Craton is a large portion of a continental plate that has been relatively undisturbed since the Precambrian era and includes both shield and platform layers. Having often survived cycles of merging and rifting of continents, cratons are generally found in the interiors of tectonic plates. They are characteristically composed of ancient crystalline basement rock, which may be covered by younger sedimentary rock.
The word craton was first proposed by the Austrian geologist Leopold Kober in 1921 as Kratogen, referring to stable continental platforms, and orogen as a term for mountain or orogenic belts. Later authors shortened the former term to kraton and then to craton.
The term craton is used to distinguish such regions from mobile geosynclinal troughs, which are linear belts of sediment accumulations subject to subsidence (i.e., downwarping). The extensive central cratons of continents may consist of both shields and platforms. A shield is that part of a craton in which (usually) Precambrian basement rocks crop out extensively at the surface. By contrast, in a platform the basement is overlain by horizontal or subhorizontal sediments.
Cratons are surrounded by orogenic (mountain building) or mobile belts, within which deformation has been localized. For example, cratons comprised of Archean granite-greenstone terrains and Paleoproterozoic sedimentary sequences in Africa, central India and Western Australia are rimmed by Mesoproterozoic and Neoproterozoic orogenic belts, many of which have been subsequently reactivated during rifting and the formation of Paleozoic sedimentary basins. Only minor reactivation of older structural weaknesses occurs in craton interiors during deformation on their margins.
Structure and Formations of Craton
Cratons have thick lithospheric roots or keels. Lithospheric thicknesses for Archean cratons show a bimodal distribution, with thicknesses of approximately 137 mi (220 km) and 218 mi (350 km) predominating. Larger cratons generally have thicker lithospheres. In contrast, post-Archean lithosphere is generally 62–124 mi (100–200 km) thick.
There is no strict age connotation to the term “craton”, and implied age depends on context. In a context of mantle keels, diamonds and kimberlites, there often is an implicit tendency to equate cratons with stable crust of Archean age. Elsewhere, however, e.g. in the context of younger continental reconstructions such as that of Rodinia or Pangaea, cratons are typically large crustal fragments (e.g., Laurentia) that were only amalgamated and attained stability during the Proterozoic. There are ca. 35 large crustal fragments of Archean age around the globe, the Archean cratons (s.s.).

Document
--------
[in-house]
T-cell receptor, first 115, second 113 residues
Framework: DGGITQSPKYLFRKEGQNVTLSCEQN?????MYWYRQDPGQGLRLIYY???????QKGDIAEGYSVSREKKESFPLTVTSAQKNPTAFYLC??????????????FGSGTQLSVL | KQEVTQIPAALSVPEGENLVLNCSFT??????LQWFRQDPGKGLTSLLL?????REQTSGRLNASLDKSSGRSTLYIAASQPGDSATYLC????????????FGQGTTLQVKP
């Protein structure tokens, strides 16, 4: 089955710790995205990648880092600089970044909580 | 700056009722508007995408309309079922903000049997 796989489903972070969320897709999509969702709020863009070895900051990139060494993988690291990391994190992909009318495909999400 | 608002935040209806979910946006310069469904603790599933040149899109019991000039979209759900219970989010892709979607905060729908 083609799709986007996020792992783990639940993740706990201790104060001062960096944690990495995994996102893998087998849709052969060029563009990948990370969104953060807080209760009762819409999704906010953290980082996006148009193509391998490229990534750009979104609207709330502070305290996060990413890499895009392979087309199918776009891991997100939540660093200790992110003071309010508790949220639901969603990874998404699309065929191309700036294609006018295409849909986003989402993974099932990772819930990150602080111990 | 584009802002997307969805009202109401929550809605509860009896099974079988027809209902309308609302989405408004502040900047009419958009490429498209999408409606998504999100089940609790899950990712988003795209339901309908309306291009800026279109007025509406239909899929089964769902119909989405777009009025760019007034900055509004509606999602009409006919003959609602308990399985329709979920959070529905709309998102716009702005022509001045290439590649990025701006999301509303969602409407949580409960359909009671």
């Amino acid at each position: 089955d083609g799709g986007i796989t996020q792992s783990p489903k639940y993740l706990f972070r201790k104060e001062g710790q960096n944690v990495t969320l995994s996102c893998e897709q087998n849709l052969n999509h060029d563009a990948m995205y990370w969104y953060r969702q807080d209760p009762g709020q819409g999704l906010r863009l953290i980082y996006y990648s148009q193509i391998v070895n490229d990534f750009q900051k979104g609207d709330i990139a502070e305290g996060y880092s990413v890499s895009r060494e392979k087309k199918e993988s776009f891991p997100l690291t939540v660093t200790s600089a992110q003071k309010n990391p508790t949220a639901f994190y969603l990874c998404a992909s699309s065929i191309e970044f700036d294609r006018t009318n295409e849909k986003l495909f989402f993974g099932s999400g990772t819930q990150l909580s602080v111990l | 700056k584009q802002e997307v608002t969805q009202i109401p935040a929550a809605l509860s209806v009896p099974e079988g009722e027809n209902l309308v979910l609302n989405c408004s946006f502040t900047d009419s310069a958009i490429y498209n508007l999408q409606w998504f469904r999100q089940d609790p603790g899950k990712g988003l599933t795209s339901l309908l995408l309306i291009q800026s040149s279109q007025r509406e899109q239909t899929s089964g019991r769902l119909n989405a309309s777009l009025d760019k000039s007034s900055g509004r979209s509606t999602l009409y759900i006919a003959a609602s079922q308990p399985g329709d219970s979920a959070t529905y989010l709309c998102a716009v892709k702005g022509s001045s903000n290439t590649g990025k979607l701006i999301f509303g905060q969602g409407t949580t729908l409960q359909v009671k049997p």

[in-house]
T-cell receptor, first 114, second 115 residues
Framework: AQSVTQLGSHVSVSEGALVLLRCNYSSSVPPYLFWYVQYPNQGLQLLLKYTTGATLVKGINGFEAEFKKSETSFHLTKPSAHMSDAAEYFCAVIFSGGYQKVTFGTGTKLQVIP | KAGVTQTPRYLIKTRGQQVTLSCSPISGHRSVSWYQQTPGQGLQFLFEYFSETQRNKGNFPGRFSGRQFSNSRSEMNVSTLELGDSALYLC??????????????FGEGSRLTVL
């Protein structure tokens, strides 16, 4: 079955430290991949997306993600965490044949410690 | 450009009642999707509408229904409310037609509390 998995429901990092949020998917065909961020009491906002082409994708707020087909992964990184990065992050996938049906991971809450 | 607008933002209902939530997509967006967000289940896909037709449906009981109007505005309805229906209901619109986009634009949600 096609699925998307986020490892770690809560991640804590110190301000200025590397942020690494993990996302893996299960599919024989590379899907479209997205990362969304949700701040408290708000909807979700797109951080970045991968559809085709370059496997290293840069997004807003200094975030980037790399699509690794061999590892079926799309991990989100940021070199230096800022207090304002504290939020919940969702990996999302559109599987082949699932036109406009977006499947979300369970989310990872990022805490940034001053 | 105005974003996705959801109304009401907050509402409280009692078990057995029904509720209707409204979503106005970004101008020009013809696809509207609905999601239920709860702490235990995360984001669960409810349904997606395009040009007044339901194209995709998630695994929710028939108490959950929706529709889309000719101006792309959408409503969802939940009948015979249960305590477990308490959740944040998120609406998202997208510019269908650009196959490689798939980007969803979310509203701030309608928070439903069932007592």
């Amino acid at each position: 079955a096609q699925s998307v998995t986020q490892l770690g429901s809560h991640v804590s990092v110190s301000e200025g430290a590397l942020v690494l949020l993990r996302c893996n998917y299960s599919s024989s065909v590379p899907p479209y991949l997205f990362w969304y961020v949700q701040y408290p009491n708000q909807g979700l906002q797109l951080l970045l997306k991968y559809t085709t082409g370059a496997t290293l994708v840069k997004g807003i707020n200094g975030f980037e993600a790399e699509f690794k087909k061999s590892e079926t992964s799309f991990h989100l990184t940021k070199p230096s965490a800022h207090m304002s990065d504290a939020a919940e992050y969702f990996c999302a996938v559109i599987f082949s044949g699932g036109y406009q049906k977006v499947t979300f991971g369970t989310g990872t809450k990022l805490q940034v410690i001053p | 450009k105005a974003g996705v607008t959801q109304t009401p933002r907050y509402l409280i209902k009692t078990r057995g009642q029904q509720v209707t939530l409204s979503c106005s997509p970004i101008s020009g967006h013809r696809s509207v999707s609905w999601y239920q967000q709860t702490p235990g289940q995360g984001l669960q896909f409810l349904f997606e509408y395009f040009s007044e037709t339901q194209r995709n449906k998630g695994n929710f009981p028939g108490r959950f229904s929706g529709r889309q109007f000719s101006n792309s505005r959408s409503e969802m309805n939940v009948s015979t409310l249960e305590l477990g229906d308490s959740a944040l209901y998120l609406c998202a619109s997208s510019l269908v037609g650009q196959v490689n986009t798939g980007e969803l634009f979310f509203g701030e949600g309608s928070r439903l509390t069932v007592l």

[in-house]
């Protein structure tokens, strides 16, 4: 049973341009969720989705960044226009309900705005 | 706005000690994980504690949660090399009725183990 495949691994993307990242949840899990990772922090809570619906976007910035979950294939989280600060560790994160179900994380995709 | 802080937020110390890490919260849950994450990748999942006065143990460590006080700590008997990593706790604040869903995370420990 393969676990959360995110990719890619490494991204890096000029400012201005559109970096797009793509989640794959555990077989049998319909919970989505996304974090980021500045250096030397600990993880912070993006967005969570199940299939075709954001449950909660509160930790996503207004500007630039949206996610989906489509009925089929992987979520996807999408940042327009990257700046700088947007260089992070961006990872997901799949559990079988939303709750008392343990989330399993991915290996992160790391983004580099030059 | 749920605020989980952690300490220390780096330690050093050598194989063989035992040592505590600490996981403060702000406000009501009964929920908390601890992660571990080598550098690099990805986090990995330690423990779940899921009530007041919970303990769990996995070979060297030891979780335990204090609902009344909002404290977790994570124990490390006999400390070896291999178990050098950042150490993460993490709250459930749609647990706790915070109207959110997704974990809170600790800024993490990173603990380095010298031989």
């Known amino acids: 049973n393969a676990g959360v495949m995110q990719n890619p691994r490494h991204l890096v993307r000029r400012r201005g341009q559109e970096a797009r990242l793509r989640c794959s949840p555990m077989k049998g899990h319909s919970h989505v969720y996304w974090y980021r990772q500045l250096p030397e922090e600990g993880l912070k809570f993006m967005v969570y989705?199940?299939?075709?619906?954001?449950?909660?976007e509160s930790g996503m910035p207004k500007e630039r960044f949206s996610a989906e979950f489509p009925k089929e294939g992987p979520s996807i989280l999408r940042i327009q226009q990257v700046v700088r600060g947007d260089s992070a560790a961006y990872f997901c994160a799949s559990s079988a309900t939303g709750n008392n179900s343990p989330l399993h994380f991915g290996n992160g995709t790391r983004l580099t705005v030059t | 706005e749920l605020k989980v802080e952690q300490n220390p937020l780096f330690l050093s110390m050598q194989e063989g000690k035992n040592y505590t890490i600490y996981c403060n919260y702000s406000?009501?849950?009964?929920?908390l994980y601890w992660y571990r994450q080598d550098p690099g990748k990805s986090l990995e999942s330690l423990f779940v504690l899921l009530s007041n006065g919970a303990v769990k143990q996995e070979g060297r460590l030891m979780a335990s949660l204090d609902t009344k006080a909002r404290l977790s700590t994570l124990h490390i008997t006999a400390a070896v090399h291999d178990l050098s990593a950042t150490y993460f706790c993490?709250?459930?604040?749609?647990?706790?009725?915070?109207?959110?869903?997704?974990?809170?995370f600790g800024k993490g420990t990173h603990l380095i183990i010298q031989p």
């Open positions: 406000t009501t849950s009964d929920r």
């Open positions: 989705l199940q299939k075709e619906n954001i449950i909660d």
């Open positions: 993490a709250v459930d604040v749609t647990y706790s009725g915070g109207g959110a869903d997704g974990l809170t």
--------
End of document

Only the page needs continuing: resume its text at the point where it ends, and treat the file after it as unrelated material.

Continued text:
An associated class of inclusions called eclogites consists of rocks corresponding compositionally to oceanic crust (basalt) that has metamorphosed under deep mantle conditions. Isotopic studies reveal that many eclogite inclusions are samples of ancient oceanic crust subducted billions of years ago to depths exceeding 150 km (90 mi) into the deep kimberlite diamond areas. They remained fixed there within the drifting tectonic plates until carried to the surface by deep-rooted magmatic eruptions.
Favorable pressures and temperatures for the formation and preservation of diamond are found beneath cratons. Diamond crystallizes from liquid carbon between 1652°–2192°F (900–1200°C) at pressures above 50 kbar. At this pressure, equating to a depth of 93 mi (150 km) or more, temperatures are generally too high for the formation of diamond except in the roots beneath cratons. Most of the world’s diamonds come from deep, mantle-sourced intrusive bodies such as kimberlites or lamproites that intrude Archaean cratons. Kimberlite and lamproite magmas intrude extremely rapidly up deep fractures and may bring diamonds to shallow levels in the crust. Near the earth’s surface, they erupt explosively due to their high gas pressures, creating breccia pipes (called diatremes) and craters.
Earth’s surface was probably broken up into many small plates with volcanic islands and arcs in great abundance. Small protocontinents (cratons) formed as crustal rock was melted and remelted by hot spots and recycled in subduction zones.
Properties of Craton
The physical and/or chemical properties of the deep roots of cratons enable them to resist recycling into the underlying asthenopsheric mantle. This may be responsible for the stability of cratons. Isotopic signatures obtained from mantle lithosphere-derived, peridotite xenoliths and inclusions in diamonds imply that roots to Precambrian cratons have been isolated from the convecting mantle for billions of years. Archean subcontinental lithospheric mantle is buoyant relative to the underlying asthenosphere. It is therefore not easily delaminated and assimilated into the asthenosphere and will tend to be preserved. Geochemical changes may also impart stability to cratonic roots.